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Capital University News, California State University, Sacramento

October 22, 2003

Professor lands NEH grant for biography

Alexander Baranov is not a household name. As the first governor of Alaska, Baranov directed the operations of an immensely profitable, multicultural Russian colony that stretched from the Aleutian Islands to Fort Ross on the Sonoma County coastline, and westward to the Hawaiian islands. But few in the lower 48 states know anything about him.

That will change if Ken Owens has anything to do about it.

Owens, a retired CSUS history professor with several books to his credit, recently received a $75,000 National Endowment for the Humanities grant to fund a comprehensive research project on Baranov and his times. The research effort will stretch from archives in Russia and the Ukraine to Sitka, Alaska, and across the United States to the Library of Congress and the Russian Orthodox Church archives in New York state.

Owens will be working with professor Alexander Petrov of Moscow State University. The two scholars will have their work cut for them because most official records concerning Baranov were destroyed in the 19th century.

“All of the headquarters’ records of the Russian-American Company were taken to the St. Petersburg dump and burned when Alaska was sold to the United States in 1867,” Owens said. “We are looking mainly for personal papers and similar non-government materials concerning Baranov and those who knew him well, to give us a wider view of his activities in North America.”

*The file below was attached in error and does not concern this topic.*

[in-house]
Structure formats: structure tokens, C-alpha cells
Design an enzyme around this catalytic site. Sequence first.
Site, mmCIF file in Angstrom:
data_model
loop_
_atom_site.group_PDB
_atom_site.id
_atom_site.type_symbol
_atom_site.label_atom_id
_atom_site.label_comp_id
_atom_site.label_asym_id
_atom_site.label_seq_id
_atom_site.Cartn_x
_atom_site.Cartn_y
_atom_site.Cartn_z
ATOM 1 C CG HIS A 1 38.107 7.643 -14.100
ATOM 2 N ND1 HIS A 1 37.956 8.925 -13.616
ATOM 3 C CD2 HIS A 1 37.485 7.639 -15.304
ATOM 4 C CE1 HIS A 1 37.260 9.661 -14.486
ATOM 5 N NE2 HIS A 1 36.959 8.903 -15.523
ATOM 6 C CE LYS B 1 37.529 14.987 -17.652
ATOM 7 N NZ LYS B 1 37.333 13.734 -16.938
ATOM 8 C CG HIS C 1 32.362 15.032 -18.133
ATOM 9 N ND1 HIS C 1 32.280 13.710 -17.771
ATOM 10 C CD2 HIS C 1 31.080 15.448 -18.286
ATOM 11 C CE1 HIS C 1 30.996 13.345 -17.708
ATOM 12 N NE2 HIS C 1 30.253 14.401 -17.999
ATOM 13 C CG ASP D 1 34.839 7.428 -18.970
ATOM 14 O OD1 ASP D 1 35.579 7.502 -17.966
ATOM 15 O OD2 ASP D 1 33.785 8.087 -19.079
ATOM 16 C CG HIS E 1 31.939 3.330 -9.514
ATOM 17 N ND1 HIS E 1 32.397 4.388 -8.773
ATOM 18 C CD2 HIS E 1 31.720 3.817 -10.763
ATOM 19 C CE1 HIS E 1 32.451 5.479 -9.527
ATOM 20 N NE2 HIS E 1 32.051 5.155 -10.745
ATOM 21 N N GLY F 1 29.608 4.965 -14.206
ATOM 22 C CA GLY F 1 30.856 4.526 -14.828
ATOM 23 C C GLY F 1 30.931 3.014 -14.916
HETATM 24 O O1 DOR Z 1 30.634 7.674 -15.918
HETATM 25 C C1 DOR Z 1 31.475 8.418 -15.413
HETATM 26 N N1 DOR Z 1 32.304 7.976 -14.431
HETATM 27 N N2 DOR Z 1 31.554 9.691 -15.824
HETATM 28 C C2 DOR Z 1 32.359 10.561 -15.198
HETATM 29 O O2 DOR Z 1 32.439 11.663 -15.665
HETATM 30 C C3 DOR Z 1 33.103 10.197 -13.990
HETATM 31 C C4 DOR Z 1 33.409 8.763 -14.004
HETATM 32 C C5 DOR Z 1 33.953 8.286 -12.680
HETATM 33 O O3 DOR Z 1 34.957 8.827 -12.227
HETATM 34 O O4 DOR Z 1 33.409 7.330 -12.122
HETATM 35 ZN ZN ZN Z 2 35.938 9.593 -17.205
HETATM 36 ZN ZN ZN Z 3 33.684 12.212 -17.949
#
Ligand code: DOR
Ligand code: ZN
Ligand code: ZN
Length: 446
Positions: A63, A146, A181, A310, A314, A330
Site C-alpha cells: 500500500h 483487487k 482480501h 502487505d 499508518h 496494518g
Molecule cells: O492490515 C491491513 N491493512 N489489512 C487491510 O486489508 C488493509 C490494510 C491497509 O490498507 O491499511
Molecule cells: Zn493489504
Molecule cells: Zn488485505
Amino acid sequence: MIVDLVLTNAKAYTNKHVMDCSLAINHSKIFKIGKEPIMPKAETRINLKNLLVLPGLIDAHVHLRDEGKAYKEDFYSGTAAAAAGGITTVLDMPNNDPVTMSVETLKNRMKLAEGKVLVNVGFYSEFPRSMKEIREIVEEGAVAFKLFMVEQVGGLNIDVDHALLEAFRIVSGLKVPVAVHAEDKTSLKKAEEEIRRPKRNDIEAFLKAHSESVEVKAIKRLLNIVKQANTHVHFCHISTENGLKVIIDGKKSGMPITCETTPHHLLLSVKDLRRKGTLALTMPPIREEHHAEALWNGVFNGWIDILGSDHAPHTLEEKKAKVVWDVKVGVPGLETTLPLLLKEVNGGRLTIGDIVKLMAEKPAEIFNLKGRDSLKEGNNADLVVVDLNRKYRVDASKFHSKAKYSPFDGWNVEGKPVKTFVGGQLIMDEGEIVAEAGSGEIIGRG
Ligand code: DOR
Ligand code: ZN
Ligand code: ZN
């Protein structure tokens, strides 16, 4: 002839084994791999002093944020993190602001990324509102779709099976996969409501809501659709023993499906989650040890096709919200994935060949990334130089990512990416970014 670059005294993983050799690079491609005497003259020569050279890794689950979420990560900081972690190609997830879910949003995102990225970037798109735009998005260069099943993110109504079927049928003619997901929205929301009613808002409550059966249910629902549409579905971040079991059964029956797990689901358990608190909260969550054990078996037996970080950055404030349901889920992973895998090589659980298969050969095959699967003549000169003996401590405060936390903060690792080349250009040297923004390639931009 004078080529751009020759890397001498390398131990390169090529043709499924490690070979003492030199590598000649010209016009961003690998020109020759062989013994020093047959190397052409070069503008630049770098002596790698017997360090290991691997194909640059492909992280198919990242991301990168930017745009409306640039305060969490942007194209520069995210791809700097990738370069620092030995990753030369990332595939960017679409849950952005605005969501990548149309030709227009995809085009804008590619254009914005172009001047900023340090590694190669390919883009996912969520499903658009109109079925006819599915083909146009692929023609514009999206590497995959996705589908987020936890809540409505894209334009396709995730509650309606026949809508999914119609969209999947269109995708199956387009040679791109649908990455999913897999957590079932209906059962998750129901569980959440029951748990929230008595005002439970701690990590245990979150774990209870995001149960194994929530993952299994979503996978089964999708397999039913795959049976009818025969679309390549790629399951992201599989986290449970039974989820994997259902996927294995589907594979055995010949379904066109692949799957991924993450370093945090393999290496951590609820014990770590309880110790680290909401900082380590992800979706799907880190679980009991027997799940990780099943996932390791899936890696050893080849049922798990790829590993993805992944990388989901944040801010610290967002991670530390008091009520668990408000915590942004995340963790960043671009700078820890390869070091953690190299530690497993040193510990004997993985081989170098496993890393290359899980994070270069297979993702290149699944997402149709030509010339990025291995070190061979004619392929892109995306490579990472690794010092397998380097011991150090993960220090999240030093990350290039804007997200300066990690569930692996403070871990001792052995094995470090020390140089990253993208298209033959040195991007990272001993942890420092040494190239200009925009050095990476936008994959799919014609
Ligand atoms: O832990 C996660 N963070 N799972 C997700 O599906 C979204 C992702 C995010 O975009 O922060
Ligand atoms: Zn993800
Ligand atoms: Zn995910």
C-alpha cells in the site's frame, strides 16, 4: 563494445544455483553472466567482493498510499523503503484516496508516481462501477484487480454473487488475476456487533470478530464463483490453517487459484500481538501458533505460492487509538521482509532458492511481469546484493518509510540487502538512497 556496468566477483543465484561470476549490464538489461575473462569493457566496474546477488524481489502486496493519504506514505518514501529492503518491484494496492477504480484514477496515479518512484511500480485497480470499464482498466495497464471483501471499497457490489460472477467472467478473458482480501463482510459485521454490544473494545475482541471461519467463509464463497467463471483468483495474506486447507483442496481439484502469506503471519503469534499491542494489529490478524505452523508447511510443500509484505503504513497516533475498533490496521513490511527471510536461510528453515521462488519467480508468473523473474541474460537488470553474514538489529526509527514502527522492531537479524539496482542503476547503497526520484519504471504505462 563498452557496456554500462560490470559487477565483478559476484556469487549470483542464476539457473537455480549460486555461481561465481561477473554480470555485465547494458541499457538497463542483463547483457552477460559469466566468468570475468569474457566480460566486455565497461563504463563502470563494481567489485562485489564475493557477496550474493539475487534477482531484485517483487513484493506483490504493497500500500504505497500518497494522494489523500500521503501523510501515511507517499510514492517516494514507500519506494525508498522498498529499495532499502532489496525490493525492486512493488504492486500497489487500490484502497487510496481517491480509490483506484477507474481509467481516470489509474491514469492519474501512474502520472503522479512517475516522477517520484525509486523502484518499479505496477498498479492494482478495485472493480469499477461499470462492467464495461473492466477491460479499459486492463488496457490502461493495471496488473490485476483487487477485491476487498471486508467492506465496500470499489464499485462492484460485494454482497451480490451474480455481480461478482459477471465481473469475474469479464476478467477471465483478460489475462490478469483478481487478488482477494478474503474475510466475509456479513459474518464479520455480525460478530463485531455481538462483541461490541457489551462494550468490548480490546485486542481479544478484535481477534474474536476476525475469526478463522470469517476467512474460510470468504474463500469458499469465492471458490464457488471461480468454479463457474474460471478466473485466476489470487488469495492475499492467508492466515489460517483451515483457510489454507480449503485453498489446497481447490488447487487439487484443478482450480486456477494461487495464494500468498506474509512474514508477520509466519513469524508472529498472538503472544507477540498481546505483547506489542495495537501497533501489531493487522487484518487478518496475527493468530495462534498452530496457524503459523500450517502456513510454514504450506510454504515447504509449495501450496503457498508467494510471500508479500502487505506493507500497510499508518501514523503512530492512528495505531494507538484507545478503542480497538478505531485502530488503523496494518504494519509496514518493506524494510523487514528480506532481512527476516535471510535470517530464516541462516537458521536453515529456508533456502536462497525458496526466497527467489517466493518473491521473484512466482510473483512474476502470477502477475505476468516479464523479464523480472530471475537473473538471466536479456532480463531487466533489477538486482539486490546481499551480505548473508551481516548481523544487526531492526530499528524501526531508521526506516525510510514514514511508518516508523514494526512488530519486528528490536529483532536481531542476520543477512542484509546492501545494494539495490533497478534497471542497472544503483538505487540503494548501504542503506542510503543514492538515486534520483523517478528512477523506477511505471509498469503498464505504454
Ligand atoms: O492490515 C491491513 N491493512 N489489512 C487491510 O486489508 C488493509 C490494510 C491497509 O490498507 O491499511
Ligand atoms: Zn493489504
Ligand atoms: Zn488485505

Baranov was the Russian-American Company’s first chief manager in Alaska, holding the position from 1791 to 1818 and guiding the development of Russia’s colonial empire. He was very successful as an administrator and businessman, generating huge profits for the Czar of Russia and arousing the envy of naval officers anxious to build their own fortunes.

He is also a controversial figure in colonial history. His treatment of the Alaskan natives has been labeled both oppressive and benevolent. Some historians credit his harsh policies as leading to an uprising of Tlingits that wiped out the first small Russian settlement at Sitka in 1802. Owens said, however, that Baranov also crossed cultural boundaries. He married the daughter of a Kodiak chief and fathered two children, then aided his children to be accepted within Russia’s aristocratic caste system. “He was quite interested in promoting the education of the mixed population,” Owens said.

At the end of his career Baranov found himself under politically motivated scrutiny that may have led to his death. “Naval officers spent two years investigating Baranov’s administration and they didn’t find a single ruble out of place,” Owens stated. “Nonetheless, they suspended him and ordered him back to Russia.” On the voyage home Baranov became ill, died, and was buried at sea in April 1819, virtually unmourned.

According to Owens, the best account of Baranov’s life was written by a contemporary. Since then, little of scholarly merit has been done—particularly not in English. Language barriers, as well as access to records in the former Soviet Union, have made research difficult, Owens said. Working in close collaboration with Petrov, the two can bring together a synthesis of the best sources.

Once the research is finished, the two will write a book that Owens expects to be the definitive biography of a man who deserves more than a footnote in the history of European expansion and colonization in North America.

“He has been neglected,” Owens said. “We’re going to bring him back to some of the fame he deserves.”


California State University, Sacramento • Public Affairs
6000 J Street • Sacramento, CA 95819-6026 • (916) 278-6156 •
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California State University, Sacramento • Public Affairs
6000 J Street • Sacramento, CA 95819-6026 • (916) 278-6156 •